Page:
|Missouri: Police Stake Out Brett Darrow Home
Saint Louis, Missouri police stake out the home of young motorist whose video of an out-of-control police officer garnered international attention.
TheNewspaper.com | September 26, 2007
A young Saint Louis, Missouri motorist faces trouble with local police upset at the national attention his September 7 video of an out-of-control officer has drawn to ongoing problems within area law enforcement agencies. On Sunday, Brett Darrow filmed a Saint Louis Metropolitan Police Department cruiser staking out his home.
"It was the first time I've seen it," Darrow told TheNewspaper. "But my neighbor said he's seen a lot of police down our dead end street since all of this happened."
When Darrow walked outside to his 1997 Nissan Maxima, he noticed two officers sitting in a marked squad car, numbered 65. There is little question as to why the officers were there.
"As I got into the car, he started to pull up the street and he and his partner just stared me down," Darrow explained.
The patrol car drove away as Darrow started his car and followed. Because his camera had been set to capture night-time footage, the first 45 seconds of the video is obscured. It does, however, capture the police car making questionable turning maneuvers in order to get away. Members of the police community are on the record regarding their desire to stake out Darrow's home and harass the twenty-year-old. In late June, users of St. Louis CopTalk, an unofficial forum for Saint Louis area law enforcement, posted Darrow's home address along with messages containing apparent death threats in retaliation for the young motorist's taping of a DUI roadblock in November and a traffic ticket in June. One CopTalk user repeating the address wrote, "Every copper, City and County, should etch this little punks [sic] name in their [sic] memory. Brett Darrow, [address deleted], city of St. Louis." (View screen capture of post)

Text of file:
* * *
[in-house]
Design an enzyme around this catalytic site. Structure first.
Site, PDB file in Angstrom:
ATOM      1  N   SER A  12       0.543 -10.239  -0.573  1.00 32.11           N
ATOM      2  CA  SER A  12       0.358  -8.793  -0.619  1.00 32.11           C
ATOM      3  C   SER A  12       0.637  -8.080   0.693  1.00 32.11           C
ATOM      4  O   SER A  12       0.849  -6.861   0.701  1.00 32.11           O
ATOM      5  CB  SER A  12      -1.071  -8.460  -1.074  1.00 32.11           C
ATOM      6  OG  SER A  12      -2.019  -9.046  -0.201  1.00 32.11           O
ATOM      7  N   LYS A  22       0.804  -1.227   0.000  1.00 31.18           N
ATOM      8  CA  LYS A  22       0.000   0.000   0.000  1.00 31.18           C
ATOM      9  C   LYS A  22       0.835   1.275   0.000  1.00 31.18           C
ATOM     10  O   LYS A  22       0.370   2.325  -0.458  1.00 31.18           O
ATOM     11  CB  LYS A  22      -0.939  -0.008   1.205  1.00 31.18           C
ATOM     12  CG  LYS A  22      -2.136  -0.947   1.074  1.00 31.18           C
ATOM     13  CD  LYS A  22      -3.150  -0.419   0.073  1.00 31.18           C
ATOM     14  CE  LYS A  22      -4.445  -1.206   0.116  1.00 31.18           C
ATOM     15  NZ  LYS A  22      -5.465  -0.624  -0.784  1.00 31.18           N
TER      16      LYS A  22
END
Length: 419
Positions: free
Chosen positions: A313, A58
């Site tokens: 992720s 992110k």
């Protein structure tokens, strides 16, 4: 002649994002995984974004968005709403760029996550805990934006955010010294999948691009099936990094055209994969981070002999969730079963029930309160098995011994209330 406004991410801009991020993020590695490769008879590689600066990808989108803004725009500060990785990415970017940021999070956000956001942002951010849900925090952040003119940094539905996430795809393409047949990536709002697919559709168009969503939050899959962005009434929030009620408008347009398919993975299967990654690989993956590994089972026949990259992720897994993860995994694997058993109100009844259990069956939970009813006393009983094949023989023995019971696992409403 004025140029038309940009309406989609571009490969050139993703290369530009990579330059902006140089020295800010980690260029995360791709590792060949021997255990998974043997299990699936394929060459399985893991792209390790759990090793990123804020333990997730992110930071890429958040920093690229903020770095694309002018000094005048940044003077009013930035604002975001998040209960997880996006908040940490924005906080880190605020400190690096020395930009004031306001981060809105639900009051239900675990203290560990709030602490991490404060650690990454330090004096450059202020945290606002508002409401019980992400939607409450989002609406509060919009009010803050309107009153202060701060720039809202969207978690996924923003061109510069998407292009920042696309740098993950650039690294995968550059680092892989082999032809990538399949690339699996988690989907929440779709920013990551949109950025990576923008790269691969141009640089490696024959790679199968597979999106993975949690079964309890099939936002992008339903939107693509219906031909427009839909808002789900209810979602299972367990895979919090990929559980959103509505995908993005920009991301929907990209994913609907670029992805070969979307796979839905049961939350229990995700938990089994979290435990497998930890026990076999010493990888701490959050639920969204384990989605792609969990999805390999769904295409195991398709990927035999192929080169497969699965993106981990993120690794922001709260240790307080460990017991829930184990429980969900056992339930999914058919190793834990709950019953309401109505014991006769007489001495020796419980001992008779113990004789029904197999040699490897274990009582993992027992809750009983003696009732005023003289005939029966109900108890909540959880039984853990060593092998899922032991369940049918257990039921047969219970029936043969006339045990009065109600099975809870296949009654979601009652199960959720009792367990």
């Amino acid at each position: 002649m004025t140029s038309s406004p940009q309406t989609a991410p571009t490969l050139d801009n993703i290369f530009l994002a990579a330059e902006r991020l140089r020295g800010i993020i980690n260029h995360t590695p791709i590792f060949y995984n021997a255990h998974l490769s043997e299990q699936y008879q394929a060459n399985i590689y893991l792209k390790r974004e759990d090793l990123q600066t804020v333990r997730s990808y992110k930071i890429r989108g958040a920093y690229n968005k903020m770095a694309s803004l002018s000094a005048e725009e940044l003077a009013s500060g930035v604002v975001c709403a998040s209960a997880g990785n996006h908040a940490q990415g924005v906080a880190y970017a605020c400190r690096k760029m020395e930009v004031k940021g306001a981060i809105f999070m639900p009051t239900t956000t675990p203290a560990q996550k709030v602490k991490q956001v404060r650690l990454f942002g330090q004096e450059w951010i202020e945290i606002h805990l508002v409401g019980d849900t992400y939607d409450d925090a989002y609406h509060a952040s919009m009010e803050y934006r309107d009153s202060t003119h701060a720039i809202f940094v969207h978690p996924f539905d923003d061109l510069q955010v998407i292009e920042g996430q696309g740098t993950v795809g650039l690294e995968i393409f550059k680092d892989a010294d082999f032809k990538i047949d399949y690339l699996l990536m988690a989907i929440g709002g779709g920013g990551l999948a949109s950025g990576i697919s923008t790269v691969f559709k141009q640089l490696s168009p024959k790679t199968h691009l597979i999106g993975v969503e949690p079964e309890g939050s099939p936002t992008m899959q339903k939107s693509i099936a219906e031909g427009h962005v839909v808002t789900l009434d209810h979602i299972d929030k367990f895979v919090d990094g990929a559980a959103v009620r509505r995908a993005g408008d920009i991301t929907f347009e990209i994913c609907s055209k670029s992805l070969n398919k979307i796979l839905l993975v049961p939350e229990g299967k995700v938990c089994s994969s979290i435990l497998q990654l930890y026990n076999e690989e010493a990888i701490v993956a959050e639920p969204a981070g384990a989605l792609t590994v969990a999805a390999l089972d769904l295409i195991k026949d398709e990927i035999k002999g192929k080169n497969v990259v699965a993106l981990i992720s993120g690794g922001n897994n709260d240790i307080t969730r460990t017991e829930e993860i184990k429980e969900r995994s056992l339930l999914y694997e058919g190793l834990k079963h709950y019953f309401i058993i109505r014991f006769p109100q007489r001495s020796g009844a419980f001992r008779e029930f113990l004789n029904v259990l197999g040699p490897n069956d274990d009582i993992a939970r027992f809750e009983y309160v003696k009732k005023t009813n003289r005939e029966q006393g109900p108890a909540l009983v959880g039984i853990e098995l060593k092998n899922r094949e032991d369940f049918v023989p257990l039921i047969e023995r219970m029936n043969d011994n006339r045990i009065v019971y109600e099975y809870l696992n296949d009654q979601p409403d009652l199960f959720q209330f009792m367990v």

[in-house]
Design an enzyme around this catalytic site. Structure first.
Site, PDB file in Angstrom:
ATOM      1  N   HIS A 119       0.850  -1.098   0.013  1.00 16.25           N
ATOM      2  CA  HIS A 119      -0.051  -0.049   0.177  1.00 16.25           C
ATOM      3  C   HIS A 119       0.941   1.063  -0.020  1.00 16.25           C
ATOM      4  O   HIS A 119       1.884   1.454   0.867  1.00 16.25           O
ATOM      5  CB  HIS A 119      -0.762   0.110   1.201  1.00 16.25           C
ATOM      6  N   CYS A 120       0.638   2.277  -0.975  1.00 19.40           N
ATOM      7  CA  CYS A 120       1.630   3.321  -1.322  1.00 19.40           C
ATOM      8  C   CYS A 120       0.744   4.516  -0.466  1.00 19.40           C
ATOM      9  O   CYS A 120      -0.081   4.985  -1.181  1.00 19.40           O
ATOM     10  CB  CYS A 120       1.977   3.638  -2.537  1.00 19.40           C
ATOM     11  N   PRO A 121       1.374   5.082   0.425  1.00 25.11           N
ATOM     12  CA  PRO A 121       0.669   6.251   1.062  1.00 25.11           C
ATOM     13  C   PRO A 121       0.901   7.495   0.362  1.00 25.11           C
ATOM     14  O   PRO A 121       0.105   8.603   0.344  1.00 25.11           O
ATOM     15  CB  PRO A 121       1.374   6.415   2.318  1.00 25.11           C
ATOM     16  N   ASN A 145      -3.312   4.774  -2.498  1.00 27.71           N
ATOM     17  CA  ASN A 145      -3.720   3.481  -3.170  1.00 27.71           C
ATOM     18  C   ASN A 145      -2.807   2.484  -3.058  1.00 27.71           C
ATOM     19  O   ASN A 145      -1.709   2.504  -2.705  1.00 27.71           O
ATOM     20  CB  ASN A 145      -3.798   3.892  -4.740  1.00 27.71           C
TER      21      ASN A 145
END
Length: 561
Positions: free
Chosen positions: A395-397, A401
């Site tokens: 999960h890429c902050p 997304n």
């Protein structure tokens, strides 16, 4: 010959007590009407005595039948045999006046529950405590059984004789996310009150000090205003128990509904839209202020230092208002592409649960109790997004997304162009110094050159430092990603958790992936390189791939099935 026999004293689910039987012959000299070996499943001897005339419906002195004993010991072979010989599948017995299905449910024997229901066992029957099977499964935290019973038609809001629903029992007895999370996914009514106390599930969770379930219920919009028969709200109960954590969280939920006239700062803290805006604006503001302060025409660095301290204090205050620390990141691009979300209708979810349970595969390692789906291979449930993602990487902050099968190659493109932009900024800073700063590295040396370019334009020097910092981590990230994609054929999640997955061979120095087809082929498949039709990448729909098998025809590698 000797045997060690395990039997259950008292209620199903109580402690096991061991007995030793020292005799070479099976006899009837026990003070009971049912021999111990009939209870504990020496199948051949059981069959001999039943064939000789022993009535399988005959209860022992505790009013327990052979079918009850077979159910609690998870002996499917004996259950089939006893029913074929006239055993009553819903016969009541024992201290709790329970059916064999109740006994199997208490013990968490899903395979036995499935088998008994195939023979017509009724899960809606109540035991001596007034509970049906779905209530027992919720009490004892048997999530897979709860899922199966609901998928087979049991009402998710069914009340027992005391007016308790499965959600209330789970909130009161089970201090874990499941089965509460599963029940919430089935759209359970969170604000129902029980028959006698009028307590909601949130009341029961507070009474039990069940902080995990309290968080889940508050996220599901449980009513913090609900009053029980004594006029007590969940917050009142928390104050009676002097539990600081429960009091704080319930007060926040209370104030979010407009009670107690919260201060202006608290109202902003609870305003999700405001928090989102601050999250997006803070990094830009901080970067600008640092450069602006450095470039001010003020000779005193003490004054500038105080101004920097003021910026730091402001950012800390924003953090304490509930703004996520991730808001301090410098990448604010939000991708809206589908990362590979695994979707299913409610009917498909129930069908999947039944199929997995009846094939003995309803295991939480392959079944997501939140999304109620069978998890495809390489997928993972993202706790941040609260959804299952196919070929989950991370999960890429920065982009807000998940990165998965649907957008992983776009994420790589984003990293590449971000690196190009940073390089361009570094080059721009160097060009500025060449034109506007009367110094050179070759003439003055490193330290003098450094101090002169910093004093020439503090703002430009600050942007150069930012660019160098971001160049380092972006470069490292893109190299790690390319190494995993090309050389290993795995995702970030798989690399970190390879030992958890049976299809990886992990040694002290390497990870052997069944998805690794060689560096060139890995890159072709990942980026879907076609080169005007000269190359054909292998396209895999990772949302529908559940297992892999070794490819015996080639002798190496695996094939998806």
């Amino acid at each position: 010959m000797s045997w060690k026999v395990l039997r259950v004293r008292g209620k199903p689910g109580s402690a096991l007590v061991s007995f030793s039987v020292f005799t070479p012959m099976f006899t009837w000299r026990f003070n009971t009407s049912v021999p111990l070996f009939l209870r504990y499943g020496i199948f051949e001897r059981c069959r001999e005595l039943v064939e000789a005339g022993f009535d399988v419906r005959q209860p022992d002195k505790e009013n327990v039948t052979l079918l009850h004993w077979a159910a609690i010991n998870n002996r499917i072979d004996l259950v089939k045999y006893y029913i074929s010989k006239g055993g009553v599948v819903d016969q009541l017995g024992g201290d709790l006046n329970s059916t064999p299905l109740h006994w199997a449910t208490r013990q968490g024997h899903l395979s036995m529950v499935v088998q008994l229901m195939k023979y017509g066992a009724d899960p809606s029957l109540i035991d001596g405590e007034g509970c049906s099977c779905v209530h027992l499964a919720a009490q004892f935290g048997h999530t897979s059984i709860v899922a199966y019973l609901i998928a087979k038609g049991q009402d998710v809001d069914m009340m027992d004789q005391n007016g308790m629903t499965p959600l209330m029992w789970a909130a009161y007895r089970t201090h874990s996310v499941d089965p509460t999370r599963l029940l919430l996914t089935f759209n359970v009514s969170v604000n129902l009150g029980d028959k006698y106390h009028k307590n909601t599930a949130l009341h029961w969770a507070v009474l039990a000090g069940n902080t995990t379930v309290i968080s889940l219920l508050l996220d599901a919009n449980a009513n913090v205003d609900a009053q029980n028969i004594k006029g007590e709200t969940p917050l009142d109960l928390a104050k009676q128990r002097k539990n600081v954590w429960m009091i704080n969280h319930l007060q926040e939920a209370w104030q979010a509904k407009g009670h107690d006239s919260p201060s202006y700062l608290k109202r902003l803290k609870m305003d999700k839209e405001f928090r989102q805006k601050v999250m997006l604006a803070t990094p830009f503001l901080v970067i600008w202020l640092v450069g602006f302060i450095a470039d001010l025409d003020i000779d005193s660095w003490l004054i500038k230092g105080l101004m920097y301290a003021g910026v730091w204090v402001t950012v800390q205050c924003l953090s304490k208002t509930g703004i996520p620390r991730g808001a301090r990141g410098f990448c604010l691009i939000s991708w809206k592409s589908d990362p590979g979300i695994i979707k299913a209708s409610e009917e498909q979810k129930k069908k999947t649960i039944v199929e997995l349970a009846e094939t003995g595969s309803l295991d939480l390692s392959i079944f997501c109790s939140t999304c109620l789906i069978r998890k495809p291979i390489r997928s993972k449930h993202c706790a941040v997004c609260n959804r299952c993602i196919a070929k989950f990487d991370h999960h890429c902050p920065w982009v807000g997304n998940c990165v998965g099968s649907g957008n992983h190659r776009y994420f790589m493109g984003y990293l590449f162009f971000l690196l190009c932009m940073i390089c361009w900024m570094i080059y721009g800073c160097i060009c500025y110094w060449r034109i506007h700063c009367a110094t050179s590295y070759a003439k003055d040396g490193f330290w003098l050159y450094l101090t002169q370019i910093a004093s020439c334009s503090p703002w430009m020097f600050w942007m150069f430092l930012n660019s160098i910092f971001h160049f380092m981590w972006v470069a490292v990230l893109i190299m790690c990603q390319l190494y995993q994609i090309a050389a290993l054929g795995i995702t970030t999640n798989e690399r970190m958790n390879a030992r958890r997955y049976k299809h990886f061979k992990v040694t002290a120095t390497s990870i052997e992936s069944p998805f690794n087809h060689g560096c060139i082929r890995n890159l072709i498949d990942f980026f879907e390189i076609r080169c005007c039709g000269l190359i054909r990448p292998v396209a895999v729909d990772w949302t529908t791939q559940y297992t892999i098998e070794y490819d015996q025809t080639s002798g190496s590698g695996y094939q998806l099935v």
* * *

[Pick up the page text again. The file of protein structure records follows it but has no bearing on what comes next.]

This month, however, scandals within the Saint Louis Police Department which otherwise would have been a local story, gathered national attention and fueled additional resentment. Some $40,000 in cash turned up "missing" from the police evidence room on September 17. The city of St. George was forced to fire Sergeant James Kuehnlein for his threat to "come up with reasons" to "lock up" Darrow. An investigation into whether Kuehnlein's actions merit criminal charges is under way. Darrow met on Monday with a Saint Louis County Police Department detective.
"I quickly learned that this was about finding something I did wrong and not the officer," Darrow said.
Despite the official harassment, Darrow has been comforted by an unexpected level of support from the general public. Motorists who recognized him from various television interviews have stopped to thank him or give him the "thumbs up." A judge also dropped charges from the June traffic stop after a Saint Louis police officer failed to show up at a trial where Darrow had been prepared to defend himself with video evidence.